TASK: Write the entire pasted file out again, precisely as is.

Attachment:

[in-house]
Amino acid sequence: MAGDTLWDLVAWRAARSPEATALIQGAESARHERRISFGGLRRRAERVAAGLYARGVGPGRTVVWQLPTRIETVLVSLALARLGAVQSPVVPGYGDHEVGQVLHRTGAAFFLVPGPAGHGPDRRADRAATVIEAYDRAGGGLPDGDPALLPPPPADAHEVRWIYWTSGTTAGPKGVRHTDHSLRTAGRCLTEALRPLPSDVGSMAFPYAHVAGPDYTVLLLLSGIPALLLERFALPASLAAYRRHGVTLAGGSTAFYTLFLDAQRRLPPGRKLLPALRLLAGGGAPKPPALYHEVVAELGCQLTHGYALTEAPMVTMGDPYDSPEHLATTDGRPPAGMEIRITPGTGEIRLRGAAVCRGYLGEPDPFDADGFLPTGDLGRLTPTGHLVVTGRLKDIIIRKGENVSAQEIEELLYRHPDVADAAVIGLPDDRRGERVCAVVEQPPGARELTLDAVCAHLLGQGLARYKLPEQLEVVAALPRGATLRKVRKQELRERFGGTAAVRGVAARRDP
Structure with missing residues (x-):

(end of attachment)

[in-house]
Amino acid sequence: MAGDTLWDLVAWRAARSPEATALIQGAESARHERRISFGGLRRRAERVAAGLYARGVGPGRTVVWQLPTRIETVLVSLALARLGAVQSPVVPGYGDHEVGQVLHRTGAAFFLVPGPAGHGPDRRADRAATVIEAYDRAGGGLPDGDPALLPPPPADAHEVRWIYWTSGTTAGPKGVRHTDHSLRTAGRCLTEALRPLPSDVGSMAFPYAHVAGPDYTVLLLLSGIPALLLERFALPASLAAYRRHGVTLAGGSTAFYTLFLDAQRRLPPGRKLLPALRLLAGGGAPKPPALYHEVVAELGCQLTHGYALTEAPMVTMGDPYDSPEHLATTDGRPPAGMEIRITPGTGEIRLRGAAVCRGYLGEPDPFDADGFLPTGDLGRLTPTGHLVVTGRLKDIIIRKGENVSAQEIEELLYRHPDVADAAVIGLPDDRRGERVCAVVEQPPGARELTLDAVCAHLLGQGLARYKLPEQLEVVAALPRGATLRKVRKQELRERFGGTAAVRGVAARRDP
Structure with missing residues (x-):